Bowling Green keeps quietly rolling along. The Falcons eased to four wins since the last rankings, all by relatively comfortable double-digit margins. One possible concern is some carelessness with the ball early in conference play. They are seven turnovers in the red through three games, essentially the same as they were through 12 games out of conference. Why bring that up? Because Saturday’s game at fellow MAC unbeaten Central Michigan comes against a team that loves nothing more than ratcheting up the pace of play. On the plus side, always a good rebounder and opportunistic defender, post player Jill Stein has also contributed double-digit points per game of late.
3. Middle Tennessee (13-3, 2-0 Conference USA; Creme’s projected seed: No. 10)
As always seems to be the case, we arrive in the middle of January, look around and realize Middle Tennessee has built itself a pretty good résumé. The Blue Raiders make the big move in the rankings, but they will be pressed to live up to it right away. Wins against North Texas and Louisiana Tech opened the ledger for the first season in a new conference, but Wednesday’s home game against UTEP could be decisive (there is no return leg in El Paso, unless the teams meet there in the final of the conference tournament). KeKe Stewart’s recent shooting exploits aside, it’s about turnovers and defense. Ebony Rowe is shooting 56 percent on offense; the rest of the team is at 35 percent.
4. James Madison (11-4, 1-0 CAA; Creme’s projected seed: N/A)
The idea that there is no such thing as a good loss is completely hogwash. Maybe there’s no such thing if you’re looking from the inside out. But for the rest of us looking in from the outside, a 74-71 loss on the road against then-No. 10 North Carolina on Jan. 2 was absolutely a positive marker (as was an overtime loss at home against Vanderbilt a few weeks earlier). In both of those games, James Madison finished with decisive edges on the boards. Meanwhile, was there some pent up frustration from the Elena Delle Donne years in the CAA opener against Delaware? Kirby Burkholder went for 37 points in an 87-51 win that ended Delaware’s 44-game conference winning streak.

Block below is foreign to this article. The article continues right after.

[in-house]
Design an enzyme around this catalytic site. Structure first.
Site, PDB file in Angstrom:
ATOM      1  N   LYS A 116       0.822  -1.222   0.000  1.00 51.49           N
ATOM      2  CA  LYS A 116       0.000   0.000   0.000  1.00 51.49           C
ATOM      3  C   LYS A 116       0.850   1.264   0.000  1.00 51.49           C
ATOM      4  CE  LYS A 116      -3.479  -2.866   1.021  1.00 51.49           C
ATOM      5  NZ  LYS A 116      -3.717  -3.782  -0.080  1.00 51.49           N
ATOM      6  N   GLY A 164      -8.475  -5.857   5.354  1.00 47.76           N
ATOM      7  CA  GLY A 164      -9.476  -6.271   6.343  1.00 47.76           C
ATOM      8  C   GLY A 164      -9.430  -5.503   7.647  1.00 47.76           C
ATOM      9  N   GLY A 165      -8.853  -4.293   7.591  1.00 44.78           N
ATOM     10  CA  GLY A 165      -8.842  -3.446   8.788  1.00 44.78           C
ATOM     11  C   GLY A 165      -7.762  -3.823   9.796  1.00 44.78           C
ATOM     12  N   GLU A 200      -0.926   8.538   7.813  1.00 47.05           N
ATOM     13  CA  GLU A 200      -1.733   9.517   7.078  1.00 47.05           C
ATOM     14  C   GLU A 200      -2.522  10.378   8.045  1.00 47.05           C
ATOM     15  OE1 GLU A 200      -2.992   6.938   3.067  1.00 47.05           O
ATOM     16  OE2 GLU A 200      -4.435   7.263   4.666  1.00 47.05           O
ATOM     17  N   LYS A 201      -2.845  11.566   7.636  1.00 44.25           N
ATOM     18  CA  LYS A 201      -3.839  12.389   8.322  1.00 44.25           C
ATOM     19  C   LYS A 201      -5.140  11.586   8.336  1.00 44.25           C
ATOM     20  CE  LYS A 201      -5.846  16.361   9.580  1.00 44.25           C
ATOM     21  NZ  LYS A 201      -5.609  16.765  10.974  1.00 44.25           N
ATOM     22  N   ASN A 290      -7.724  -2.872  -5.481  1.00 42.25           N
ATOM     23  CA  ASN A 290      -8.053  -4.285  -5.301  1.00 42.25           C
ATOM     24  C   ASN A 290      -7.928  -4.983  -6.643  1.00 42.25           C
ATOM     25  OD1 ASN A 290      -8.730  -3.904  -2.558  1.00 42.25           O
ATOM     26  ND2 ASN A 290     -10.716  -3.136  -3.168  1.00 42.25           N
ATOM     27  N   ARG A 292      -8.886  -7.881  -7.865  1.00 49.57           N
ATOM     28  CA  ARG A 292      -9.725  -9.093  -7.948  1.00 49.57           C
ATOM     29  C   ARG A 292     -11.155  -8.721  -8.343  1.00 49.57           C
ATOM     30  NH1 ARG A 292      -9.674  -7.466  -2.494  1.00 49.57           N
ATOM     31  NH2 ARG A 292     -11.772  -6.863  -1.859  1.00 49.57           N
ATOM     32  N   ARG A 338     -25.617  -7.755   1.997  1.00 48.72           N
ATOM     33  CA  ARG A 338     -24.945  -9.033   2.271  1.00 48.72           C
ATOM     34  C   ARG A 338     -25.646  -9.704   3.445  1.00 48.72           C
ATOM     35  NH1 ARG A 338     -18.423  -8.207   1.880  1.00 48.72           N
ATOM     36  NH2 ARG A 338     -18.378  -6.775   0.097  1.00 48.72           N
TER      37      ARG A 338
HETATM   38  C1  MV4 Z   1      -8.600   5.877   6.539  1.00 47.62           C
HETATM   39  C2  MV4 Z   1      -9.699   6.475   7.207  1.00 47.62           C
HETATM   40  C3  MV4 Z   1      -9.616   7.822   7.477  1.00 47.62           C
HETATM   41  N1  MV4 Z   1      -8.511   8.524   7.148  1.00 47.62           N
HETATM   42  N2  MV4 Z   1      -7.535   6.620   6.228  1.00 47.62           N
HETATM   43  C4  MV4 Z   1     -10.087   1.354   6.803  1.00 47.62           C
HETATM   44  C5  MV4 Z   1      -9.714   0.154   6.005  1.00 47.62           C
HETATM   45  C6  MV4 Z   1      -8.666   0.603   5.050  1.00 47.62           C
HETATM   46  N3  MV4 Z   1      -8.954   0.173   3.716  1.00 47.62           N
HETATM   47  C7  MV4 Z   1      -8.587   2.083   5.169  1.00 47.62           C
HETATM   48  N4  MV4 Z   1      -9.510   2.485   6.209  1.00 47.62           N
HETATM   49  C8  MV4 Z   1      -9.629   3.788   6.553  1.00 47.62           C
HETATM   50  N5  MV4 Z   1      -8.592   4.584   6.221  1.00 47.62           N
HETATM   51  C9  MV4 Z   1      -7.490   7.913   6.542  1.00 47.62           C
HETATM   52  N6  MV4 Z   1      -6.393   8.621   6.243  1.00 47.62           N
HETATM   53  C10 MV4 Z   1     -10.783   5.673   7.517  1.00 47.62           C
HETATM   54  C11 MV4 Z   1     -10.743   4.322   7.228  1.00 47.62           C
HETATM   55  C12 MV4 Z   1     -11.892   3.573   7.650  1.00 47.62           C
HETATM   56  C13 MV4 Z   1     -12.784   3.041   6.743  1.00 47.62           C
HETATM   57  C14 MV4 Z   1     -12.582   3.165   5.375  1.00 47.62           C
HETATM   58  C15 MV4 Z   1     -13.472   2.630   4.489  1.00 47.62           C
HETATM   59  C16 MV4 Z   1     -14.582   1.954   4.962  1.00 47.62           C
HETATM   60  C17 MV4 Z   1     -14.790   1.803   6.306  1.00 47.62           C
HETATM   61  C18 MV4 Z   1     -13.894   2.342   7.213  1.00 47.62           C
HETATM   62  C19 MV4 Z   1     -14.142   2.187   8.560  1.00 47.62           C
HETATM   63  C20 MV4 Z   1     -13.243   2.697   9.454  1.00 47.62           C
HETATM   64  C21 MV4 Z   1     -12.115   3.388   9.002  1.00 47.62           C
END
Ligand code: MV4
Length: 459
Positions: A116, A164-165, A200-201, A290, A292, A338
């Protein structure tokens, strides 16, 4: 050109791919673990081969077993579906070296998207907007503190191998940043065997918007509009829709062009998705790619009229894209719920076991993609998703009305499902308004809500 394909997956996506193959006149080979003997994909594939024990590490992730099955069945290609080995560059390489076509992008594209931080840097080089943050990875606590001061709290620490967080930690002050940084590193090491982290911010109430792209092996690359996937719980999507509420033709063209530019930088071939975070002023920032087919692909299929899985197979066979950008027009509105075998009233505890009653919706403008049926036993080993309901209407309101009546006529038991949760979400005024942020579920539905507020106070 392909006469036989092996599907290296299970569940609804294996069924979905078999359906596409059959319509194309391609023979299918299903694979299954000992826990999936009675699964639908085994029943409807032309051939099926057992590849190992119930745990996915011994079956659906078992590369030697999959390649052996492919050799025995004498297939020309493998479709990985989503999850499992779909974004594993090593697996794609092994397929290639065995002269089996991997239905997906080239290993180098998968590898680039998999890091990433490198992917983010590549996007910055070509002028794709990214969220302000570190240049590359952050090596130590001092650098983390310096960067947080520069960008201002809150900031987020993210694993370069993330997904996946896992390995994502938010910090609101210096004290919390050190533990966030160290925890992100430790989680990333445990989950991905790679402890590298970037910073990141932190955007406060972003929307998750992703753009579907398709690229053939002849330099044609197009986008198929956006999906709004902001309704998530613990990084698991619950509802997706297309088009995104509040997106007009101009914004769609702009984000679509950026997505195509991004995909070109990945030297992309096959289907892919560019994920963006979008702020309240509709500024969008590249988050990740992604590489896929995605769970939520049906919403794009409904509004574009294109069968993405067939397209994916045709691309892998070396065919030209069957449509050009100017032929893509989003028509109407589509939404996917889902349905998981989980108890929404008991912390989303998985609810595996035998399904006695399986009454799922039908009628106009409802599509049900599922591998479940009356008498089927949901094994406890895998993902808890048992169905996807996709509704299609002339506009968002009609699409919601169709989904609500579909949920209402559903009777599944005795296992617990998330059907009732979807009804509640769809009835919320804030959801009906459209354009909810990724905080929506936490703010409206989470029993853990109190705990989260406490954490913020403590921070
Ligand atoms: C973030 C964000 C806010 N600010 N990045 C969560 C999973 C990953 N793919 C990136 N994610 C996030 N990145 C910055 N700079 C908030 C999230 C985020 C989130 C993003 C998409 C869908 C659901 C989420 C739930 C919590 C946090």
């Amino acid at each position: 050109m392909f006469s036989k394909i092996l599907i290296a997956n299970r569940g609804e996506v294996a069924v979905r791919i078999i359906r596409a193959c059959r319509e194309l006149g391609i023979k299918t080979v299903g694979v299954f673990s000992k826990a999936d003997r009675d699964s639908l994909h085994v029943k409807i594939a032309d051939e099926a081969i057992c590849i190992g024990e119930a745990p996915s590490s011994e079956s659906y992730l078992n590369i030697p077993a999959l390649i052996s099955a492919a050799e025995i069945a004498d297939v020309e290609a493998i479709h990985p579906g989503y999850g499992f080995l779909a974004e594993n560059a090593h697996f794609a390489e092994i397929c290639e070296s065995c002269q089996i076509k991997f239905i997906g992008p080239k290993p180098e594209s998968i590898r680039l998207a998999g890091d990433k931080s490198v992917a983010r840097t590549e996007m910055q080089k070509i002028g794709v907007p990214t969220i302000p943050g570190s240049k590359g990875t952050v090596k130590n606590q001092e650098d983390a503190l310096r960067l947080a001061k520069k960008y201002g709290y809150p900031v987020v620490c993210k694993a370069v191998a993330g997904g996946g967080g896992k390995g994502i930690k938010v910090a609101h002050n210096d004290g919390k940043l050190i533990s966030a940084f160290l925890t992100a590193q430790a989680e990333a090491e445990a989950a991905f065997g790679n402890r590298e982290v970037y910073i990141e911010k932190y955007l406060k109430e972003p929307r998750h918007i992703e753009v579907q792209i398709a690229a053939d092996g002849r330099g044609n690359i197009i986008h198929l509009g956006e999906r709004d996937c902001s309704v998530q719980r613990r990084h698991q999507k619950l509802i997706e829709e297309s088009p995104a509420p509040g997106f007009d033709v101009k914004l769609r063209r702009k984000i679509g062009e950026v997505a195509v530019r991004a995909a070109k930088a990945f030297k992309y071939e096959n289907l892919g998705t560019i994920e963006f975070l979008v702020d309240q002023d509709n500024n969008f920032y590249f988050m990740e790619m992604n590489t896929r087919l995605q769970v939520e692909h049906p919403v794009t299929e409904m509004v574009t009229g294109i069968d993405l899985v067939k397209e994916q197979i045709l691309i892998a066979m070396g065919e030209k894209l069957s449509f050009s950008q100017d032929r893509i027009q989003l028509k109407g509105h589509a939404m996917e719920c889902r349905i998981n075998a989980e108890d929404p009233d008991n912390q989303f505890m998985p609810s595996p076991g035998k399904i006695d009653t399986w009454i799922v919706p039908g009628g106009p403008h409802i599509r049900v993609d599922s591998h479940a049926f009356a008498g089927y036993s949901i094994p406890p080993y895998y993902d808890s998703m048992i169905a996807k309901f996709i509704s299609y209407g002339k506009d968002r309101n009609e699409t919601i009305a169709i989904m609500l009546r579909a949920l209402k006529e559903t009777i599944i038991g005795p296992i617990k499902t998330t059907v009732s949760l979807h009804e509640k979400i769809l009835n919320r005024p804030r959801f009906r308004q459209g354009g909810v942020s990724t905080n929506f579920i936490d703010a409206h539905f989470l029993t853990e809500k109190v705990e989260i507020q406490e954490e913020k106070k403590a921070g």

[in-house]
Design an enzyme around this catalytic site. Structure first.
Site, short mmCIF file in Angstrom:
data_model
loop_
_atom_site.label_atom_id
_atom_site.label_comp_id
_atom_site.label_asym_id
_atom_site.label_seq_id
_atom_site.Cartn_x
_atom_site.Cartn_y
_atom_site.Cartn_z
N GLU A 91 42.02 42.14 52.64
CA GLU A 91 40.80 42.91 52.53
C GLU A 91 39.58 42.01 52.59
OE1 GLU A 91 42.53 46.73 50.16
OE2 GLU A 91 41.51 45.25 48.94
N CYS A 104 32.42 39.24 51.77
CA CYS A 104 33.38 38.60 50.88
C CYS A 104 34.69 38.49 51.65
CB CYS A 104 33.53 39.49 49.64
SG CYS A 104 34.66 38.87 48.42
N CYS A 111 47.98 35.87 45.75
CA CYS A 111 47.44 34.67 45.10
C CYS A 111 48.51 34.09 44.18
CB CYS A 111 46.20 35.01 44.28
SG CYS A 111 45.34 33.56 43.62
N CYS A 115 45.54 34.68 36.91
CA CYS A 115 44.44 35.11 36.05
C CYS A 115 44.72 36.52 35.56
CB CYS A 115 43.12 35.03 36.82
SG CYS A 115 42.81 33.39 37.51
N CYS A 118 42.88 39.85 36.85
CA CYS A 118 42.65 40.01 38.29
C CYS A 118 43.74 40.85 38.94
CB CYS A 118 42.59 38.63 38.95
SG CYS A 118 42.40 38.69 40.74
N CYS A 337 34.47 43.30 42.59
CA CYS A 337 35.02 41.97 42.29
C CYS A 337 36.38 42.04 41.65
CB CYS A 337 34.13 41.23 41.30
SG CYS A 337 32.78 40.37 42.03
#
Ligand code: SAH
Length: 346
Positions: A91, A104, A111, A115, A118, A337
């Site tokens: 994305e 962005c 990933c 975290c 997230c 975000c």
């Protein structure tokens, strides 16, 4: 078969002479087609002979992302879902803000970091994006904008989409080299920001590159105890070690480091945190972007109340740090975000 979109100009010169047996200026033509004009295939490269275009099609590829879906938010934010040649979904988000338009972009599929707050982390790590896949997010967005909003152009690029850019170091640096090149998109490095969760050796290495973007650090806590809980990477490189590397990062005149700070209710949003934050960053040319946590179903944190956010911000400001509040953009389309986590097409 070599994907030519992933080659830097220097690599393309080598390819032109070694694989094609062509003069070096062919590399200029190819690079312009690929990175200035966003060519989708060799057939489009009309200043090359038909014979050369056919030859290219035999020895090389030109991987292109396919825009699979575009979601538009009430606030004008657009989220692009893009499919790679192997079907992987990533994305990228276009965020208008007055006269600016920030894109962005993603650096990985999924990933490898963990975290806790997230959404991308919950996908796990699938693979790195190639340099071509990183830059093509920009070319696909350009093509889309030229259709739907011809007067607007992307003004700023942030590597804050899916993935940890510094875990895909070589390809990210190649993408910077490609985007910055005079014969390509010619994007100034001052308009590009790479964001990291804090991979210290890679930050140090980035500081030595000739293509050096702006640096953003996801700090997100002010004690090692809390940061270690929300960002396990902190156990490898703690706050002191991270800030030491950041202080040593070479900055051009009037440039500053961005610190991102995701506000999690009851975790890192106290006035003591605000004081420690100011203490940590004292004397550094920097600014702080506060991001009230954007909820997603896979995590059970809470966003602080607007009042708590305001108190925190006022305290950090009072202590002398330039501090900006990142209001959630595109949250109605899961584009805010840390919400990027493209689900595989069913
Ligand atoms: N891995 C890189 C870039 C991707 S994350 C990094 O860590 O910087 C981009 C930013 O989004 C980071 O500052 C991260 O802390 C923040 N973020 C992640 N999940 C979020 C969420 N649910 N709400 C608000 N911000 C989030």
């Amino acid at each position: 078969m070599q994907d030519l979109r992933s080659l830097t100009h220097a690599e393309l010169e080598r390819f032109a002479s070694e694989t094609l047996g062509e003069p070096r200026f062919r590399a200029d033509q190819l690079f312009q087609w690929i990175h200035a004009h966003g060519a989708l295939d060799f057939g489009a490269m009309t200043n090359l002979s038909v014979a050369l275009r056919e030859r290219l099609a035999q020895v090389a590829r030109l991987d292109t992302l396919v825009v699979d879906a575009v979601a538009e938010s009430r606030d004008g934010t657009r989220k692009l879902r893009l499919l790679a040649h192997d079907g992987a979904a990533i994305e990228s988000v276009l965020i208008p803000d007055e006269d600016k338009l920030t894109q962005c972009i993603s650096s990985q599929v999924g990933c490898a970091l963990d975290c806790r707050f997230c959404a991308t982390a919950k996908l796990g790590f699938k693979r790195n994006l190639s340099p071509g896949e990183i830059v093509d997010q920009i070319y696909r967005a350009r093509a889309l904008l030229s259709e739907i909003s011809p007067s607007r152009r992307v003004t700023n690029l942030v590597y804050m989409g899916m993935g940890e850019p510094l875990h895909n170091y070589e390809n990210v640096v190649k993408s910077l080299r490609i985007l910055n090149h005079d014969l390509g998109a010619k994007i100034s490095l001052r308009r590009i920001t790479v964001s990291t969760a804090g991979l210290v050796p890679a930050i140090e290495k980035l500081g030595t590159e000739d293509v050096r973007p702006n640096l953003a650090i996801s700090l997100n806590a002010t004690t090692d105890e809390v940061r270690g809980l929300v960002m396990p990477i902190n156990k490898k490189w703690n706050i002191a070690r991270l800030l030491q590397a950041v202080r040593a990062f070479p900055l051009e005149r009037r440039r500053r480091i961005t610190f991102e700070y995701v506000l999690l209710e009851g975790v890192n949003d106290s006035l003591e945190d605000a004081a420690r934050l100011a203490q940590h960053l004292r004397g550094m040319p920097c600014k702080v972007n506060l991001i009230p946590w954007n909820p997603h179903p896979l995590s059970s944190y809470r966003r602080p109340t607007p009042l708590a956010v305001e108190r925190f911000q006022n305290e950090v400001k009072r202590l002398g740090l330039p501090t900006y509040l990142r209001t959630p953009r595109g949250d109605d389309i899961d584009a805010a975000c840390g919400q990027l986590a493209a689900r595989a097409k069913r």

5. Dayton (9-4, 2-0 Atlantic 10; Creme’s projected seed: No. 10)
It’s time to bring the Flyers back from purgatory. Since a brutal loss at Vanderbilt and another at Central Michigan in back-to-back games around Thanksgiving, Dayton has started to roll. A December win against Washington State looks better by the day, the Flyers won a rematch against Central Michigan on Dec. 30 and rolled to wins in their first two A-10 games. In fact, each of an active streak of seven consecutive wins came by double-digit margins. But like Middle Tennessee, there is no time to rest. George Washington visits Thursday and suddenly looks like a serious contender in the A-10, and Fordham arrives Sunday as another upper echelon team in the league.
6. Marist (11-5, 5-1 MAAC; Creme’s projected seed: No. 9)
Marist isn’t in first place in the MAAC, which is news all on its own. A 73-71 loss at home against Iona on Monday gave the Gaels sole possession of first place and snapped that program’s 29-game losing streak against the Red Foxes. That probably leaves Iona fans wondering just why we’re still talking about Marist in this space. But for the time being, the overall résumé (wins against Oklahoma, Bowling Green and St. Bonaventure, a game given away at Ohio State and a reasonable showing shorthanded against Kentucky) still hold sway. In the most recent rankings, this was mentioned as possibly Marist’s best shooting team. Well, the 3-point shot has gone missing in MAAC play. But more important is a defense allowing opponents to shoot 40 percent on the season. That isn’t Marist basketball.
7. Chattanooga (14-3, 6-0 Southern; Creme’s projected seed: No. 12)
It is said every year in this space, so why break tradition. The Southern Conference might be more low-major than mid-major, but it’s marathon of a conference season makes it almost impossible to emerge unscathed. Chattanooga nearly stumbled Sunday, needing overtime to come away from Appalachian State with a win. In fact, three of four conference games played this month were decided by single digits (although its scoring margin in SoCon games is still nearly double that of any other team). In conference play, Taylor Hall ranks sixth in the league in points per game, fifth in rebounds per game, second in assists per game, second in steals per game and 10th in blocks per game.
8. San Diego (15-2, 4-2 WCC; Creme’s projected seed: No. 10)
The West Coast Conference always had the potential to cannibalize itself, and while Gonzaga holds down the top spot, we’re starting to see the effects of the strife as San Diego and others slip. Playing on the road for the first time in nearly a month, San Diego lost at Gonzaga by 29 points and, perhaps even more surprisingly, by 21 points at Portland two days earlier this past week. Of course, this rankings period also includes home wins against Saint Mary’s and Pacific, so it wasn’t all bad for the Toreros. The problem in both losses was getting beaten soundly on the boards, the first instances all season in which San Diego lost the rebounding battle. A home game against BYU awaits this week.
9. BYU (14-3, 4-2 WCC; Creme’s projected seed: N/A)